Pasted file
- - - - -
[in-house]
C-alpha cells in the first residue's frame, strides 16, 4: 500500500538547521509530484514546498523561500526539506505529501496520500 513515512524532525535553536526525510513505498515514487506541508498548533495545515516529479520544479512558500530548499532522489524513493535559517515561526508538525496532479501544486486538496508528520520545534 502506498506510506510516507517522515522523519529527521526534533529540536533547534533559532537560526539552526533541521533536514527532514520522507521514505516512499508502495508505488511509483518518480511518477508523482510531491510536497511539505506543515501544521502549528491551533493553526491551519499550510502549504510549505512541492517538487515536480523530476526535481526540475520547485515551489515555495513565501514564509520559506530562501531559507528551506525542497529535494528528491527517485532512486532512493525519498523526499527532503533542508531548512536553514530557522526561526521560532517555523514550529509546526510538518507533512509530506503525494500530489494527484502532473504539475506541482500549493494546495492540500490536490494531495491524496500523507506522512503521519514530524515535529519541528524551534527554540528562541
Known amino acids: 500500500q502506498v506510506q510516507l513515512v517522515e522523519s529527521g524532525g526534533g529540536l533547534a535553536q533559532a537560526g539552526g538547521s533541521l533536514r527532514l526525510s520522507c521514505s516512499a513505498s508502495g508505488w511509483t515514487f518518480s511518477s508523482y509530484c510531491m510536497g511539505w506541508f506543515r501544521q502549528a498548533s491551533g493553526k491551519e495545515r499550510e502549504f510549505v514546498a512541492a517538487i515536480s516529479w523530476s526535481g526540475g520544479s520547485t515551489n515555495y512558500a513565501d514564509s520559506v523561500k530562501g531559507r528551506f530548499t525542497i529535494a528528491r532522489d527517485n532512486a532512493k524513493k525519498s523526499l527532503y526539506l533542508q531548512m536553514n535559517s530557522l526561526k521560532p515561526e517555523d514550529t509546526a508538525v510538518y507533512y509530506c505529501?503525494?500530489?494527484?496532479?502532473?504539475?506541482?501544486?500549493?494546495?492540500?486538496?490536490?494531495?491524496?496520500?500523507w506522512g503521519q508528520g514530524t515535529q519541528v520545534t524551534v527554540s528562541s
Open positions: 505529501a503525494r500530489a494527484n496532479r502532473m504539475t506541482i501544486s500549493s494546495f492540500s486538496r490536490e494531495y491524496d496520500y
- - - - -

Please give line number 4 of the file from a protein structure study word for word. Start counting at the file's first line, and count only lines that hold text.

Open positions: 505529501a503525494r500530489a494527484n496532479r502532473m504539475t506541482i501544486s500549493s494546495f492540500s486538496r490536490e494531495y491524496d496520500y